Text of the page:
Two Tips to Manage Different Parenting Styles

Share on Facebook11Share on Google+0Tweet about this on TwitterShare on LinkedIn0

parenting stylesHow to Agree and Agree to Disagree

Issues related to co-parenting can be a significant source of conflict for all involved parties as there are multiple valid and healthy approaches to raising a child. In fact, it is common for families to seek outside help to mediate differences in parenting styles. Many of these differences stem from values learned and modeled during our own childhoods.

It is important to find commonalities between yourself and your child’s other parent(s) related to the most important values you hope to instill in your child and to be consistent with reinforcing those values. For example, one parent may feel very strongly about a child using respectful language, while the other parent believes that children should be allowed to express themselves. Finding the middle ground might mean the child will be expected to use “please” and “thank you” but the parents will let “ma’am” and “sir” slide. Other parents find themselves at odds when one parent is more authoritarian. While these are common concerns, they are often ones best considered on a case by case basis. However, if you find yourself at odds with your current or ex- partner, keep reading for some ideas to maximize consistency and promote compromise which you can try before seeking outside help.

House Rules

Parents often discipline differently than one another because they are enforcing different sets of expectations. It can be really useful for parents (or the entire family) to have a meeting to determine the “house rules”. School-aged kids are accustomed to following rules posted in the classroom and similar rules can be really helpful at home. Having a set of three to five rules can really clarify what is valued within the family as well as incorporate any salient concerns.

You should also consider phrasing your house rules positively. It is much easier for children to understand what you DO want them to do vs. what you DON’T want them to do. An example of this would be “I will keep my hands, feet, and other body parts to myself” instead of “Do not hit your siblings.” You will likely need to be more specific with younger children and include visual reminders. Your 10-year-old is more likely to understand things like “be respectful” while your 3-year-old may need a reminder to “Use walking-feet inside the house.”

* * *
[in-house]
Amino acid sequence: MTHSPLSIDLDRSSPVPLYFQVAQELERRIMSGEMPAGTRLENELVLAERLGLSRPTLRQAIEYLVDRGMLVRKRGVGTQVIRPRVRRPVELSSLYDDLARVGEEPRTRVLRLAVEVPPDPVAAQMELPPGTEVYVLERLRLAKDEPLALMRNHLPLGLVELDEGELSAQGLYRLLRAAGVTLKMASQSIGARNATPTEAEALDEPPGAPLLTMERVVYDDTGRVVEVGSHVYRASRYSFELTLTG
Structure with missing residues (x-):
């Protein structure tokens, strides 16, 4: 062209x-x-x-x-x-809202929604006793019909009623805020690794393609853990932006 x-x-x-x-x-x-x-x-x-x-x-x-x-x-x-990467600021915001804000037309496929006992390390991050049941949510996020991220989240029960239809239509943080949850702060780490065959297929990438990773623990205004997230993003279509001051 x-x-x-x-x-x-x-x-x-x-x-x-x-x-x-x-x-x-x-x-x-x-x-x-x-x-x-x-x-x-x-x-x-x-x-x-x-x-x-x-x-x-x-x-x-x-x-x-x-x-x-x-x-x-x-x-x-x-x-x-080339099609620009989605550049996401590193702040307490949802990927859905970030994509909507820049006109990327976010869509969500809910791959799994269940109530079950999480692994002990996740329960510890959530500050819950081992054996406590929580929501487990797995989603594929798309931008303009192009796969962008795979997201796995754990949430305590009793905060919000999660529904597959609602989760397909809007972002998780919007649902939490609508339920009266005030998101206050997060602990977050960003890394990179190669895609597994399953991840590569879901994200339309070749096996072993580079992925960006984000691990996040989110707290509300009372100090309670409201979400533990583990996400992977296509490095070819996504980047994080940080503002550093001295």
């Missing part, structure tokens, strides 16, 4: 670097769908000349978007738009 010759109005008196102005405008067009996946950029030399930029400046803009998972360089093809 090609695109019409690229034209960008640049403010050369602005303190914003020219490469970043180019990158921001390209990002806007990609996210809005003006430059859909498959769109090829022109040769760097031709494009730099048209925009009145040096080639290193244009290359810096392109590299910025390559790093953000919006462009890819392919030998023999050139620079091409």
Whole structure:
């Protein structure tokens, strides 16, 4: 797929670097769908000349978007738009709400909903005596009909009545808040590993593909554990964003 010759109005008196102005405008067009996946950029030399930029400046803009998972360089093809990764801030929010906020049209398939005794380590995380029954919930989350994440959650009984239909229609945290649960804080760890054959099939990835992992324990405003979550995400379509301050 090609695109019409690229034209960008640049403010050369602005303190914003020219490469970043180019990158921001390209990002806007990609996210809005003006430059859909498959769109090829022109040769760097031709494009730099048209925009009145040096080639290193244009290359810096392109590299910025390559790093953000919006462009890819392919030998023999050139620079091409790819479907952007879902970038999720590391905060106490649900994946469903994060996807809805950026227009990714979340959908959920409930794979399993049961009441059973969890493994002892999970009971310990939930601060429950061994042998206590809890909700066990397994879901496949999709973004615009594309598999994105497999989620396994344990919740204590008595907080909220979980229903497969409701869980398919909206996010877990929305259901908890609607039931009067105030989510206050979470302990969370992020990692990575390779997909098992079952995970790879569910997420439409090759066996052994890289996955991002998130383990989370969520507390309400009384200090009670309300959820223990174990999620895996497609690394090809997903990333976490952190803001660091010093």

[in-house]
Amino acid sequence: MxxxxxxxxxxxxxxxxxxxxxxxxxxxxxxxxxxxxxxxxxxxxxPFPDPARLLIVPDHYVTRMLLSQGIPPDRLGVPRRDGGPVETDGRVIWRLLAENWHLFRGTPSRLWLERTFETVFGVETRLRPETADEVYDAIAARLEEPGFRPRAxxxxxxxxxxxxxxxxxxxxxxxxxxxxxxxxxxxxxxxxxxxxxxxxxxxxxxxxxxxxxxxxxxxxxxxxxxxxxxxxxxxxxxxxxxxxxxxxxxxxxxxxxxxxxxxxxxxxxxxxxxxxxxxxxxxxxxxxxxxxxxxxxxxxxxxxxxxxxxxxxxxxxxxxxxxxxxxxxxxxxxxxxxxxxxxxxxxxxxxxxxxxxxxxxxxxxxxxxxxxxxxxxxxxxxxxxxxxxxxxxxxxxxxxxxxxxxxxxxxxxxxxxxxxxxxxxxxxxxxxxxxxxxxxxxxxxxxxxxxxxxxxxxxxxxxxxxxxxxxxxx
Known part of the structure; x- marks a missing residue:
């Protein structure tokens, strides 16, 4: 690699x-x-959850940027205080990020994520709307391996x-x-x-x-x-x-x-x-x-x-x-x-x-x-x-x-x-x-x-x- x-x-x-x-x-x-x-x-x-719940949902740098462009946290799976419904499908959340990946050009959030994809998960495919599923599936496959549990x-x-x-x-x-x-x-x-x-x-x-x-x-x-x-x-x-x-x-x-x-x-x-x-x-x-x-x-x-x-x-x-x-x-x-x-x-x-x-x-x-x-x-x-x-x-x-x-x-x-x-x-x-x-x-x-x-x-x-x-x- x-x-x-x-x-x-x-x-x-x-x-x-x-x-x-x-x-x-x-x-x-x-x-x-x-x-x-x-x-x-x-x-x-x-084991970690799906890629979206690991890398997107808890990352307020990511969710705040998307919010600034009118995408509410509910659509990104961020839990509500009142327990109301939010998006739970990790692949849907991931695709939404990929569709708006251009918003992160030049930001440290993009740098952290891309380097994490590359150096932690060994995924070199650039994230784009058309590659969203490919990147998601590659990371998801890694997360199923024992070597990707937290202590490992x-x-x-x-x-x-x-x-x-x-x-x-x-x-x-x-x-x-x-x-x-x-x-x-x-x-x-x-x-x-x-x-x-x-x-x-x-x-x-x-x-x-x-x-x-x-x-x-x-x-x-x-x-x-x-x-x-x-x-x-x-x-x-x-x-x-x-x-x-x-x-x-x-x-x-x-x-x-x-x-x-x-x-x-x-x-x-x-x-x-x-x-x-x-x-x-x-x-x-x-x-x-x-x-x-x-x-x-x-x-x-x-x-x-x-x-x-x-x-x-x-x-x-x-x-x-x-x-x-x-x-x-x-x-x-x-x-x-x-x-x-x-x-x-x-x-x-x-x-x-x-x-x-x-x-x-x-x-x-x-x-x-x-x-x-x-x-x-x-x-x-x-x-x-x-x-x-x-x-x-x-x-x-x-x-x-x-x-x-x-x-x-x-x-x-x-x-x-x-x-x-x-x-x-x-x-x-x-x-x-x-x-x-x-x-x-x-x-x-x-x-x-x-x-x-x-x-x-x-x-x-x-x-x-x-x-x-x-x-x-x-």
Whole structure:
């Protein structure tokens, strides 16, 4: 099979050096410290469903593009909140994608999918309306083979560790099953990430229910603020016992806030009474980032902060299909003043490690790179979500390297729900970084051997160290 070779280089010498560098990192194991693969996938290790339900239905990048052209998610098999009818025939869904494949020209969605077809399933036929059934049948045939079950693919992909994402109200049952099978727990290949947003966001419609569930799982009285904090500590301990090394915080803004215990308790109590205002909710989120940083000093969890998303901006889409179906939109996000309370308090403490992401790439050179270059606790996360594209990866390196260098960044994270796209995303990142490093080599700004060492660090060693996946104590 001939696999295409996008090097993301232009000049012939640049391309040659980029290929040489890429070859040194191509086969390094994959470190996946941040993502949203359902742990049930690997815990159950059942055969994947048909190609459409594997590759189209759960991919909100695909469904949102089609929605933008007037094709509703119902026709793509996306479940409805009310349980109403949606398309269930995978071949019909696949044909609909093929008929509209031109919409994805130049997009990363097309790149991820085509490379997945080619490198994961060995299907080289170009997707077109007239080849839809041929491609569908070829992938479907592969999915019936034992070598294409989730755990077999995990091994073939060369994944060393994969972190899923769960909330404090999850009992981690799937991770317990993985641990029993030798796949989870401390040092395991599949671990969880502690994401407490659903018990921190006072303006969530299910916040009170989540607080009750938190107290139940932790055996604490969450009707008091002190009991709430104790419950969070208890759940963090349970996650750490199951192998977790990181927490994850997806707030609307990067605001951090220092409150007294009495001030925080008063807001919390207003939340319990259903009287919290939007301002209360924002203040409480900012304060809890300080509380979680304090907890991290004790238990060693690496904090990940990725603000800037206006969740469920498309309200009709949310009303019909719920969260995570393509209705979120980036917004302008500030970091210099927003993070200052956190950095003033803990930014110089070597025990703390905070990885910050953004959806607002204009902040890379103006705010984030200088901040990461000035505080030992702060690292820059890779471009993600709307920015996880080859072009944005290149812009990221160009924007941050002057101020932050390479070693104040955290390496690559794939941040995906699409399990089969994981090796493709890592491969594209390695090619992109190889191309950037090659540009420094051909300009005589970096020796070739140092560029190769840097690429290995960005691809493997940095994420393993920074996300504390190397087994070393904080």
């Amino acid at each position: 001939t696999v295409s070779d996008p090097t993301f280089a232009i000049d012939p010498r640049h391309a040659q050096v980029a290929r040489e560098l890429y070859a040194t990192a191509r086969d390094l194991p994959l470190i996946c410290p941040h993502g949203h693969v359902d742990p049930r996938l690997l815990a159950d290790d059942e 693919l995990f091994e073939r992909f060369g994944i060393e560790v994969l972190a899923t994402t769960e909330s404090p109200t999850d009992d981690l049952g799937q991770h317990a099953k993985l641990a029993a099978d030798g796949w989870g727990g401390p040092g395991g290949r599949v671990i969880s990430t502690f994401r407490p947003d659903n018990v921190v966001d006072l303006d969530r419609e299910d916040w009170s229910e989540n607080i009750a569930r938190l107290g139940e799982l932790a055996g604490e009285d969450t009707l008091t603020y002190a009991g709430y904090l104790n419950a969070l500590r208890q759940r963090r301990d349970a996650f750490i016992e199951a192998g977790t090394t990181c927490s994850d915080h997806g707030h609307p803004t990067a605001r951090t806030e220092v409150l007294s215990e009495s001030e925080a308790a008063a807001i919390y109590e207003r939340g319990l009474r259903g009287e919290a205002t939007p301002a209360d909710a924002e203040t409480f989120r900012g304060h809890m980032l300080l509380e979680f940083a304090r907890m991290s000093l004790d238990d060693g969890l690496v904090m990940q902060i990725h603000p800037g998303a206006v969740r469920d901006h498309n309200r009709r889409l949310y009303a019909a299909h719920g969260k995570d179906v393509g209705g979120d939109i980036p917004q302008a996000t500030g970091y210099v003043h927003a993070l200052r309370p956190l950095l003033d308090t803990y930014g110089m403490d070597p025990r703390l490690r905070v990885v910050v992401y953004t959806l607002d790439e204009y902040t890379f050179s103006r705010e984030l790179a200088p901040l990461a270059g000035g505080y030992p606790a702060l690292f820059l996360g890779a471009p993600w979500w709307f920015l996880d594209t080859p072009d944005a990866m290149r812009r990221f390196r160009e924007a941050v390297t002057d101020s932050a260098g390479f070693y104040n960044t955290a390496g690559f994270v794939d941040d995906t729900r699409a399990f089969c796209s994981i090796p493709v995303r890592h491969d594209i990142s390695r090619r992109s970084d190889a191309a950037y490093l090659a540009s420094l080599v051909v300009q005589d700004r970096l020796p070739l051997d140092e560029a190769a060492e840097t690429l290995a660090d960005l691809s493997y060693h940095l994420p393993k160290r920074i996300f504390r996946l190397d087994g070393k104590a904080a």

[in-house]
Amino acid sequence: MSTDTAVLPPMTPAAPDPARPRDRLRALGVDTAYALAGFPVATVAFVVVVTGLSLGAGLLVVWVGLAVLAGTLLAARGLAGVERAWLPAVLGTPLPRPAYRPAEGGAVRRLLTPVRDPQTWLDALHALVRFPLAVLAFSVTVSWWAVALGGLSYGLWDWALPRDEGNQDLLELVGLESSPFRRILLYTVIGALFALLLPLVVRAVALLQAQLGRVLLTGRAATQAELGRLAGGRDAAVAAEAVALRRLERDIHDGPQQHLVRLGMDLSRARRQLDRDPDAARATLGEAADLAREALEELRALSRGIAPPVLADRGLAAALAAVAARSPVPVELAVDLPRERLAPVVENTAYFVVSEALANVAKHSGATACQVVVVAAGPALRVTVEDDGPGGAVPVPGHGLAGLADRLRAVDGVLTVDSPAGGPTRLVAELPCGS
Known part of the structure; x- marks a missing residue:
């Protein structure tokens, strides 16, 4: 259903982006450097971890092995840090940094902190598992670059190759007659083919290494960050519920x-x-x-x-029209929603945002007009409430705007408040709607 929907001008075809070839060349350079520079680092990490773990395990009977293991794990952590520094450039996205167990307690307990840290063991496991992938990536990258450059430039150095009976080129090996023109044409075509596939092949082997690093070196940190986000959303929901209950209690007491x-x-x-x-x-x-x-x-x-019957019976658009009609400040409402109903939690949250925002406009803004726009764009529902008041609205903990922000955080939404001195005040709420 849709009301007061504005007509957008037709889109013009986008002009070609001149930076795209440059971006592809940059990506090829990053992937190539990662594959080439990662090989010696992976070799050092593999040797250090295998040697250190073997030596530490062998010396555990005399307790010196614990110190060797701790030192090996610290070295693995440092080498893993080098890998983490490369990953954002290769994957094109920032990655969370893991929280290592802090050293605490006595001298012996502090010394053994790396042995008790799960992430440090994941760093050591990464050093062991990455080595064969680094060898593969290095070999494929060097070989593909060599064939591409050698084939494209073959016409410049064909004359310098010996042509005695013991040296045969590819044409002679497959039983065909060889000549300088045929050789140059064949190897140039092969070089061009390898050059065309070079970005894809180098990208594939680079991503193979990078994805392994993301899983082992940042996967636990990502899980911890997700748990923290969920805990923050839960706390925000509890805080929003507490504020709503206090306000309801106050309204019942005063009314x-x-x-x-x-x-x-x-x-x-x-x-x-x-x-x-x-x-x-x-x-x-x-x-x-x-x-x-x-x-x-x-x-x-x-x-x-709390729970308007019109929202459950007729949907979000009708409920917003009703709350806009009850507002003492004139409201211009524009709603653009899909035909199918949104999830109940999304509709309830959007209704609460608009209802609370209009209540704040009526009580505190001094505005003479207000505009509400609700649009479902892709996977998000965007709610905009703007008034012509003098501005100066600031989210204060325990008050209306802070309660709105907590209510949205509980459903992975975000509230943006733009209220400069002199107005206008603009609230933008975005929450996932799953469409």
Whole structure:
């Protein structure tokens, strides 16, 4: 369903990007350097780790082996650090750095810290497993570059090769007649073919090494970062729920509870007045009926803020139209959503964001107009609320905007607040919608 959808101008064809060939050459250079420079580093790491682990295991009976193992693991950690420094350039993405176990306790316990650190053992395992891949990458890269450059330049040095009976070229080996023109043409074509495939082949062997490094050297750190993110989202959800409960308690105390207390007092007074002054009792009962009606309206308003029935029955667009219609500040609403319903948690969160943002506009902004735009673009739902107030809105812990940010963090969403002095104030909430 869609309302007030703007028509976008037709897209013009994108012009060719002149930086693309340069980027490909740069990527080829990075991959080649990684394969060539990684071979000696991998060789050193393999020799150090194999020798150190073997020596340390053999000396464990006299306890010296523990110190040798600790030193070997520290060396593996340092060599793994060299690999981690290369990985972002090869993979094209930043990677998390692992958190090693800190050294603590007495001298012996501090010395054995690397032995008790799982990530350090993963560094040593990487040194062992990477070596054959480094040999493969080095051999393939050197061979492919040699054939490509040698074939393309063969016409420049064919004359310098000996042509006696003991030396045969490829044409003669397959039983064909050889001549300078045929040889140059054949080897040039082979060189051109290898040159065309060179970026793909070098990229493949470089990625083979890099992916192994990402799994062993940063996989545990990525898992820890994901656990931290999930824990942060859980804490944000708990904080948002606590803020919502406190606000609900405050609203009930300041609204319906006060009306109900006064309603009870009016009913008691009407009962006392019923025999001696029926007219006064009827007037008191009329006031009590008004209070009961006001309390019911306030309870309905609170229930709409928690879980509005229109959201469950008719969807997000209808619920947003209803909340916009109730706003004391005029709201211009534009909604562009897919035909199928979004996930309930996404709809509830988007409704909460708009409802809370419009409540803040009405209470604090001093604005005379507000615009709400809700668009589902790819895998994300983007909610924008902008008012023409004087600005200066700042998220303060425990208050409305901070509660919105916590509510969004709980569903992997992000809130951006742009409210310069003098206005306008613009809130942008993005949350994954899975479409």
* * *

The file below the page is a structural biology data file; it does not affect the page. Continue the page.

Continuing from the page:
After deciding on rules, families are encouraged to write them down (posterboards are great for this) and display them in the home. Don’t worry, you probably won’t need to incorporate the house rules in your decor permanently! Having the house rules posted holds both kids and parents accountable, and prompts more consistent discipline when rules are broken. During your family meeting it may also be beneficial to decide what types of discipline are used for specific offenses (e.g., talking back gets a warning while aggressive behavior is an automatic time-out).

Support One Another

Having one another’s back is especially hard if you don’t always agree with the other parent’s methods. Barring any harm coming to the child, it is critical to present a united front with your spouse or ex. Once a consequence has been assigned or decision has been made, parents should really try to support one another. Disagreeing with the other parent to the child or in front of the child can undermine the other parent’s authority as well as potentially set you up to be a “pushover.” If you strongly believe the other parent’s decision was unreasonable, bring it up in conversation with him or her. Should the decision be altered after the conversation, it is often best to let the parent who initially made the decision discuss the change with the child or discuss it together as a family. Supporting one another even when you don’t totally agree is key in avoiding the “good cop/ bad cop” routine and encourages more consistency and open communication within the family.

A Note About Divorced Homes and Blended Families

Families with children who spend time in multiple homes often have more difficulty with consistency and compromise related to parenting for understandable reasons. When possible it is best to follow the suggestions outlined above, but sometimes the living situations are just too different or the parents really struggle to focus on commonalities. If you are in this situation, you might find yourself feeling angry, discouraged, or guilty. Remember that you both want the best for your child even if you don’t agree on what that means. Finally, keep in mind that you do not have much control over situations where you are not present, but you can do your best to keep your home as consistent as possible for your child.

I hope that these tips help your family function as a team using compromise and consistency. As always, there is no shame in asking for help from a professional. Parenting conflicts are very personal and often highly situation-dependent. You may find solace in having an unbiased third party help you find a middle path that focuses on your child’s needs and your family’s well-being.

Take care,
Dr. Nicole

Leave a Reply